Other hard workers in the garden, are worms and thankfully I have lots of them, working just like the busy little bees, doing what they do best. I am always happy to see worms in any of the pots and planters, besides helping to recycle the decaying plant material, their worm casts must be enriching the soil. These are the free-range worms, the little workers who risk their little lives daily without a great deal of protection from the birds.
I do have a wormery where captive worms are amply fed and seem to live a fairly happy life within the confines of a box although I suppose it’s no better than caged chickens. These are the pedigree Tiger worms (Eisenia fetida), delivered unnaturally in a plastic pouch so I thought they needed a little care and got them some coir bedding for their comfort.
Tiger worms are quite pretty, pinkish and stripey but in spite of that they are quite butch. My original home-made wormery had Dendrobaena worms – little red wrigglers because they are so active and wriggly, they are favourite with anglers. My home made wormery did fine but I didn’t have a tap fitted to it so there was no escape if any of it’s residents were trapped in the sump.
I bought a commercial wormery second-hand and it came with it’s own residents – Tiger worms. The two species seemed to get on OK and lived together, providing me with excellent very rich compost until we had a long, long spell of heavy rain and it would seem they all had suicidal tendencies. Instead of heading upwards, they went to basement level in the sump and drowned. One of them had got stuck in the tap and there was nothing any of them could do to help. My daughter, who had inherited the home-made wormery had the same problem, the worms headed for the water.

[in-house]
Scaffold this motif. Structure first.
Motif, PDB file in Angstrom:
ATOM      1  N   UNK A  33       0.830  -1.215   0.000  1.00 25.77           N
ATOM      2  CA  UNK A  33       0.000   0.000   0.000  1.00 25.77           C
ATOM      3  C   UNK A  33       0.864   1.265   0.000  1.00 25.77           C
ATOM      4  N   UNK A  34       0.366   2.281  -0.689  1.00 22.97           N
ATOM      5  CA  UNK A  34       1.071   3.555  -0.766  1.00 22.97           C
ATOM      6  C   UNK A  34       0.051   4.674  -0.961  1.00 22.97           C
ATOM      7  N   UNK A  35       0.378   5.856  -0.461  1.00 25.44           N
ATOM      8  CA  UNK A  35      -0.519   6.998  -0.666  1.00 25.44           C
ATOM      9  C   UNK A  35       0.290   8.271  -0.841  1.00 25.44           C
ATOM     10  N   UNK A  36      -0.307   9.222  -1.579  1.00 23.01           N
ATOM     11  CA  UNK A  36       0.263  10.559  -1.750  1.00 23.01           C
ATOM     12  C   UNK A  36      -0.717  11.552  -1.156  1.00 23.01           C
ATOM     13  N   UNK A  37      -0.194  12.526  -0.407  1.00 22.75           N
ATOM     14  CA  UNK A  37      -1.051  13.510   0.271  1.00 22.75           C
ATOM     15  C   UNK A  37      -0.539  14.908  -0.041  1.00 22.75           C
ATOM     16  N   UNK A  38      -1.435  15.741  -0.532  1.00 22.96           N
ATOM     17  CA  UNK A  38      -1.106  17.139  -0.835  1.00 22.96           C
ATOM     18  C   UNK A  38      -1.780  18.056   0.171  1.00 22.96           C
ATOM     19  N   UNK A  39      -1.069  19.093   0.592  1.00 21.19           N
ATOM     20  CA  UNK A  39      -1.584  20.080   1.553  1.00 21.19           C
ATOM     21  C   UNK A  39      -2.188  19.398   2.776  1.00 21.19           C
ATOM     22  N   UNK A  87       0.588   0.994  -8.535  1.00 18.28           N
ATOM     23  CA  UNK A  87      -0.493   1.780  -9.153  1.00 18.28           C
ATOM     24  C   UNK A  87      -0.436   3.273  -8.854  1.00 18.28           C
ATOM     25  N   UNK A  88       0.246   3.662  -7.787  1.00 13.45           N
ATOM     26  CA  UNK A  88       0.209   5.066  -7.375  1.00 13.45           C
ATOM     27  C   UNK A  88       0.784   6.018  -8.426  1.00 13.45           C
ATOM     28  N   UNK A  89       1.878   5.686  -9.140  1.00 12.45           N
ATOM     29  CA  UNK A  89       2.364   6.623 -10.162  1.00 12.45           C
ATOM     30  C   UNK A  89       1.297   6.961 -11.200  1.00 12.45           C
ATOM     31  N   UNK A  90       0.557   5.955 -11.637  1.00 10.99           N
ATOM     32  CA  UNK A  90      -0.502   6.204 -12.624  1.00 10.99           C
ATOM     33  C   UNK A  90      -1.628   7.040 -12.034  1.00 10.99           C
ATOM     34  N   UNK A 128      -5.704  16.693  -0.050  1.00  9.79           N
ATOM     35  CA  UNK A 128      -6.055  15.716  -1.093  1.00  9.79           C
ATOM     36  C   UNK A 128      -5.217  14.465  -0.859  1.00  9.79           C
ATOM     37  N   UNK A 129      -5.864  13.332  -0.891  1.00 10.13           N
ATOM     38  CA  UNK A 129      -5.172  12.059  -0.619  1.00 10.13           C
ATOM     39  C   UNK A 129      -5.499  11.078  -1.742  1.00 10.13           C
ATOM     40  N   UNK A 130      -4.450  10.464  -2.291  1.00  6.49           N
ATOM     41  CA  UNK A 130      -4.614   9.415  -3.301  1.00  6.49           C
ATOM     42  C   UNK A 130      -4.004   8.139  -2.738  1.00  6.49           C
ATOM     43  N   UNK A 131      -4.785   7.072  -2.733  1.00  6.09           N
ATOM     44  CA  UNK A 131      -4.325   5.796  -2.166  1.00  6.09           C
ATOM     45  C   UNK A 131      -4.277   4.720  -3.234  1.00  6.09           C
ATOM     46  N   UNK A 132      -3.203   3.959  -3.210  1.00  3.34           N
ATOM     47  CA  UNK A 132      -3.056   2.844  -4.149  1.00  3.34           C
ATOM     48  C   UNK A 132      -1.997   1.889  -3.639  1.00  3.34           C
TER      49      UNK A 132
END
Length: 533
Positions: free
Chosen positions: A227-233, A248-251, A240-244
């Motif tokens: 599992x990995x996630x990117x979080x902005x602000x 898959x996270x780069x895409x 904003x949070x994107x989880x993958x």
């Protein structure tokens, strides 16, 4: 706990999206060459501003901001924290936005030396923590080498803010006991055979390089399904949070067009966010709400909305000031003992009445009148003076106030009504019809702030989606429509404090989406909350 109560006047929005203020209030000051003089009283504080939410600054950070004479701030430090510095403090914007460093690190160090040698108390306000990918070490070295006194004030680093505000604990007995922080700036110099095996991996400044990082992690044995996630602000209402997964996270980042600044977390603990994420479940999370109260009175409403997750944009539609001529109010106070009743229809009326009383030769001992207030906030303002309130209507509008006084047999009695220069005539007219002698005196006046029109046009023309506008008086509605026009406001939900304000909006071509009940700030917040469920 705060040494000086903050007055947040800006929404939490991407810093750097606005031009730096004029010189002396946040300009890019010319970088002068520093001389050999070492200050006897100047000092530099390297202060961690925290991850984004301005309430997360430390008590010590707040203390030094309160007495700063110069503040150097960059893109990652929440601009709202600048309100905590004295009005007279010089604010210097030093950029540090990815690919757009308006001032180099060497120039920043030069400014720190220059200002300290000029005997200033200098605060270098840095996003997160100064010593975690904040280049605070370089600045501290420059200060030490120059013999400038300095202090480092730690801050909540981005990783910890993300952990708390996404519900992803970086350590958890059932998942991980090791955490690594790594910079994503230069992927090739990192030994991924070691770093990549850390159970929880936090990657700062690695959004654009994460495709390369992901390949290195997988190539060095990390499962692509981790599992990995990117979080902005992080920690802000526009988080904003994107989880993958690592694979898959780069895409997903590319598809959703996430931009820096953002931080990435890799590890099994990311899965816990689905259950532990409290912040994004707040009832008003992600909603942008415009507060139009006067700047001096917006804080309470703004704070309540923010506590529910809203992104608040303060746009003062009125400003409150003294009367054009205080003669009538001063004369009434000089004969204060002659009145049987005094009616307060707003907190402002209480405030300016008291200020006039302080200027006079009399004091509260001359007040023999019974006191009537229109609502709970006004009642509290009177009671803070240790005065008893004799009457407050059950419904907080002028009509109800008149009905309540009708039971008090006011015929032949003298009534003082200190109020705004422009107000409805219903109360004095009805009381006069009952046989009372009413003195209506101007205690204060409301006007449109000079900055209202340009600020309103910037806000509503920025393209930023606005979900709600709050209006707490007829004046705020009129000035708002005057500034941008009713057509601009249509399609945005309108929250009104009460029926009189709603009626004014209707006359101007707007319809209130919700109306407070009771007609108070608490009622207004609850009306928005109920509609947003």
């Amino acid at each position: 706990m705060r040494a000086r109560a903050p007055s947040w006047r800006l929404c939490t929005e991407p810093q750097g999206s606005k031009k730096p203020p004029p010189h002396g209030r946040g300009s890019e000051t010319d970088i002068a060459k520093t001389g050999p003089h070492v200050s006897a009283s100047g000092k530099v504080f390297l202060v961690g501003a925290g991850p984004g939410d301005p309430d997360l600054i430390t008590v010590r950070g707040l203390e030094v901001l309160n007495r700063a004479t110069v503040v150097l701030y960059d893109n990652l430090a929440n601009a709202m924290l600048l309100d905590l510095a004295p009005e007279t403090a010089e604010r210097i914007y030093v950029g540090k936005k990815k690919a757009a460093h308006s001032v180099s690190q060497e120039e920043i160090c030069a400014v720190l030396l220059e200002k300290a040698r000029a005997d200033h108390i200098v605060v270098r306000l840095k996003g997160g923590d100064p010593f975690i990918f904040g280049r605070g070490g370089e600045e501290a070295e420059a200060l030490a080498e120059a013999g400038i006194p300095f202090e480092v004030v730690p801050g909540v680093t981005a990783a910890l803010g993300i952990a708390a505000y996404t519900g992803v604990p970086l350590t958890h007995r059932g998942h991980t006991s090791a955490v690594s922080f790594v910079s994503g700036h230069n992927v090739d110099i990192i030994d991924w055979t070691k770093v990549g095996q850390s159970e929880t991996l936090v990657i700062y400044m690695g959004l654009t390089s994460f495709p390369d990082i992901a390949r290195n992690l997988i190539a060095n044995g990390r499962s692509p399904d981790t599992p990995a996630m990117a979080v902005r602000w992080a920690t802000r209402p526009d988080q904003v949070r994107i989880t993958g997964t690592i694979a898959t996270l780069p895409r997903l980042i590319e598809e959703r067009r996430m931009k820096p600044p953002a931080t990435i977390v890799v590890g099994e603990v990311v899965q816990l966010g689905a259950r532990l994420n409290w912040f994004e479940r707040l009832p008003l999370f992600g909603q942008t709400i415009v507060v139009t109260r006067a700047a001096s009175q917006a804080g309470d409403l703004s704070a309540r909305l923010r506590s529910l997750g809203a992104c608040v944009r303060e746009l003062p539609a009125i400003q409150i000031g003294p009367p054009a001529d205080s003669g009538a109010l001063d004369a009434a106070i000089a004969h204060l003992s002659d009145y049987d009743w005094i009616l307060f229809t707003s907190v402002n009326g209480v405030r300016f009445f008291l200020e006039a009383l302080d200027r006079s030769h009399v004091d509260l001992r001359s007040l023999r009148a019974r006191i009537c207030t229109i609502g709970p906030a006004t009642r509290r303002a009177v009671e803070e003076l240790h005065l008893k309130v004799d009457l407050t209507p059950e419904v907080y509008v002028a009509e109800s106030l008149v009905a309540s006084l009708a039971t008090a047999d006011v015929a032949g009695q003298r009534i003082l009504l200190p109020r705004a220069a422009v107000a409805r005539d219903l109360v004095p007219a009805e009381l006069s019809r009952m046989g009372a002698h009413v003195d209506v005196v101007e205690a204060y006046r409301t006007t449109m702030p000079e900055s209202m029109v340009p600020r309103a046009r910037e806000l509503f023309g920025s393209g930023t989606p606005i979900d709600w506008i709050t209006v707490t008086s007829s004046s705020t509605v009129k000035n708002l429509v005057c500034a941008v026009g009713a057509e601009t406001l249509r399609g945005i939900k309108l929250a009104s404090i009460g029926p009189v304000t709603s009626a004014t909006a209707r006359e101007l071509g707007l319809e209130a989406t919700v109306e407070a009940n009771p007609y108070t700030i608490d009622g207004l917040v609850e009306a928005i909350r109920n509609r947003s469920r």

Worms are environmentally friendly, they tuck into anything that has lived and died, vegetable scraps – cooked or raw, pet hair, dust, grass cuttings, paper, cardboard, crushed eggshells. The latter needs to be crushed finely, they do need a certain amount of grit for digestion so besides eggs shells, they will be happy to have some coffee grounds to accompany them. In return for you feeding them your scraps, they provide you with first class compost.The free-range worms in the meantime will be working, breaking up clay, increasing soil fertility to benefit the structure of the soil and in general will aid drainage. Because my wormery is small, I need to cut the food up small to encourage it to decompose quicker. The soft gooey mush is like a banquet to them, especially when they have no teeth, everything needs to be soft for their little mouths.
Besides birds, another enemy they have are slugs, some of them tend to be a bit carnivorous and will happily dispose of a worm. In the photo of the wormery below, there is a slug in the top right corner of the tray. It is likely to be feeding from the worm’s dining tray but may have some added protein by tucking into the smaller worms.
They are very good at controlling their reproduction levels and apparently will only breed to the level of availability of food, a lesson humans could be learning from them! They are neither male nor female sexes in the worm kingdom however they do have both male sperm cells and female egg cells and will only breed if conditions are right for them. Humans take note!
Perhaps if you’ve never appreciated worms before, you will see them in a different light. I remember a little ditty from years ago “Nobody loves me, everybody hates me, I think I’ll go and eat worms”. Please don’t, if you do in fact have an unloved feeling perhaps you could enjoy these more A Bowl of Worms
Click on the link above for the instructions of how to make these.
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